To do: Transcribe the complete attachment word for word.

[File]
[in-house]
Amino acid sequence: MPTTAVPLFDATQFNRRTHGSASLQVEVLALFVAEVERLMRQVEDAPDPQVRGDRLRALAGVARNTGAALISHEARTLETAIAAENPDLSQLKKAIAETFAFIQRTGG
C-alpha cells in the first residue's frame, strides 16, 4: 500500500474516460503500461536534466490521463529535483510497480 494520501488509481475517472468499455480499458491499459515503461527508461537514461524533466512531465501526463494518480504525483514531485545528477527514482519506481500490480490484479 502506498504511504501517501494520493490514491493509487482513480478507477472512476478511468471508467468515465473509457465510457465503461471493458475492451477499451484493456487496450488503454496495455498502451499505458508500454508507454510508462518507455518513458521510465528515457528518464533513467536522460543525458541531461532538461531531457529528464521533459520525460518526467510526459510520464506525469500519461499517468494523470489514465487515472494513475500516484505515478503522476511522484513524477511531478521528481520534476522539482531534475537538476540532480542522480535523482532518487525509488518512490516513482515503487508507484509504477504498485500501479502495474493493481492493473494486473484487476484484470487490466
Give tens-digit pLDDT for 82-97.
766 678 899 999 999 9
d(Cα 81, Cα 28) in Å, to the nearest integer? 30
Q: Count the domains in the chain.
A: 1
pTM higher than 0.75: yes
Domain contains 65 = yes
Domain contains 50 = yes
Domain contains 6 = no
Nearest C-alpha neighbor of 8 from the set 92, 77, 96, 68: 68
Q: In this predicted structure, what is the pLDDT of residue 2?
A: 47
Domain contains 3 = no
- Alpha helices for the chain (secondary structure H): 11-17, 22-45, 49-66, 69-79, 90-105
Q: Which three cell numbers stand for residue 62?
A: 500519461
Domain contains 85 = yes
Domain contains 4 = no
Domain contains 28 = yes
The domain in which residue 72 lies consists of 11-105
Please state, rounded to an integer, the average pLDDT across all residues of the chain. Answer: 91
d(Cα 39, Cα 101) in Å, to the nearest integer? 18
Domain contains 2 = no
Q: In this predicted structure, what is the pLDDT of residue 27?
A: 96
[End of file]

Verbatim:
[in-house]
Amino acid sequence: MPTTAVPLFDATQFNRRTHGSASLQVEVLALFVAEVERLMRQVEDAPDPQVRGDRLRALAGVARNTGAALISHEARTLETAIAAENPDLSQLKKAIAETFAFIQRTGG
C-alpha cells in the first residue's frame, strides 16, 4: 500500500474516460503500461536534466490521463529535483510497480 494520501488509481475517472468499455480499458491499459515503461527508461537514461524533466512531465501526463494518480504525483514531485545528477527514482519506481500490480490484479 502506498504511504501517501494520493490514491493509487482513480478507477472512476478511468471508467468515465473509457465510457465503461471493458475492451477499451484493456487496450488503454496495455498502451499505458508500454508507454510508462518507455518513458521510465528515457528518464533513467536522460543525458541531461532538461531531457529528464521533459520525460518526467510526459510520464506525469500519461499517468494523470489514465487515472494513475500516484505515478503522476511522484513524477511531478521528481520534476522539482531534475537538476540532480542522480535523482532518487525509488518512490516513482515503487508507484509504477504498485500501479502495474493493481492493473494486473484487476484484470487490466
Give tens-digit pLDDT for 82-97.
766 678 899 999 999 9
d(Cα 81, Cα 28) in Å, to the nearest integer? 30
Q: Count the domains in the chain.
A: 1
pTM higher than 0.75: yes
Domain contains 65 = yes
Domain contains 50 = yes
Domain contains 6 = no
Nearest C-alpha neighbor of 8 from the set 92, 77, 96, 68: 68
Q: In this predicted structure, what is the pLDDT of residue 2?
A: 47
Domain contains 3 = no
- Alpha helices for the chain (secondary structure H): 11-17, 22-45, 49-66, 69-79, 90-105
Q: Which three cell numbers stand for residue 62?
A: 500519461
Domain contains 85 = yes
Domain contains 4 = no
Domain contains 28 = yes
The domain in which residue 72 lies consists of 11-105
Please state, rounded to an integer, the average pLDDT across all residues of the chain. Answer: 91
d(Cα 39, Cα 101) in Å, to the nearest integer? 18
Domain contains 2 = no
Q: In this predicted structure, what is the pLDDT of residue 27?
A: 96